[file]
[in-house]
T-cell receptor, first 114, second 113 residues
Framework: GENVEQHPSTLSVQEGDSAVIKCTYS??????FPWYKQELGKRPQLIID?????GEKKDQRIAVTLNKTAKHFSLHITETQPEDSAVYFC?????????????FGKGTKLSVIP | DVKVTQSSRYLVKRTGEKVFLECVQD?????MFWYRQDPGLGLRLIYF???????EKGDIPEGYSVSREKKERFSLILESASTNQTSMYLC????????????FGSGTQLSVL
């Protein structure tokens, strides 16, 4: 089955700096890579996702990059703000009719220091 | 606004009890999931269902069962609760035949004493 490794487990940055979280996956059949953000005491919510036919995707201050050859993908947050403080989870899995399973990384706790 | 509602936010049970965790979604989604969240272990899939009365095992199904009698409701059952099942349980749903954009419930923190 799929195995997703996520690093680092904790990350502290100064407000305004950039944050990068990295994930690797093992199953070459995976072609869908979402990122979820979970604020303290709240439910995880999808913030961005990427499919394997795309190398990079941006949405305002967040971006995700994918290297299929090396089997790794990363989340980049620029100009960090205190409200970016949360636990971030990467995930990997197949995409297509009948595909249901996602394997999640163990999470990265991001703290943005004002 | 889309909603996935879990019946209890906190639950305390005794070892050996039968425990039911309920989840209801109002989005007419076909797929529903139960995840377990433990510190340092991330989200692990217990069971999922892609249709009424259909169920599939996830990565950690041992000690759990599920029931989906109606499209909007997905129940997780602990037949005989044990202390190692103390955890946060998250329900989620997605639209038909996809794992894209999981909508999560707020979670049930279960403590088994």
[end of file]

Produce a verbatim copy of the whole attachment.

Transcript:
[in-house]
T-cell receptor, first 114, second 113 residues
Framework: GENVEQHPSTLSVQEGDSAVIKCTYS??????FPWYKQELGKRPQLIID?????GEKKDQRIAVTLNKTAKHFSLHITETQPEDSAVYFC?????????????FGKGTKLSVIP | DVKVTQSSRYLVKRTGEKVFLECVQD?????MFWYRQDPGLGLRLIYF???????EKGDIPEGYSVSREKKERFSLILESASTNQTSMYLC????????????FGSGTQLSVL
């Protein structure tokens, strides 16, 4: 089955700096890579996702990059703000009719220091 | 606004009890999931269902069962609760035949004493 490794487990940055979280996956059949953000005491919510036919995707201050050859993908947050403080989870899995399973990384706790 | 509602936010049970965790979604989604969240272990899939009365095992199904009698409701059952099942349980749903954009419930923190 799929195995997703996520690093680092904790990350502290100064407000305004950039944050990068990295994930690797093992199953070459995976072609869908979402990122979820979970604020303290709240439910995880999808913030961005990427499919394997795309190398990079941006949405305002967040971006995700994918290297299929090396089997790794990363989340980049620029100009960090205190409200970016949360636990971030990467995930990997197949995409297509009948595909249901996602394997999640163990999470990265991001703290943005004002 | 889309909603996935879990019946209890906190639950305390005794070892050996039968425990039911309920989840209801109002989005007419076909797929529903139960995840377990433990510190340092991330989200692990217990069971999922892609249709009424259909169920599939996830990565950690041992000690759990599920029931989906109606499209909007997905129940997780602990037949005989044990202390190692103390955890946060998250329900989620997605639209038909996809794992894209999981909508999560707020979670049930279960403590088994």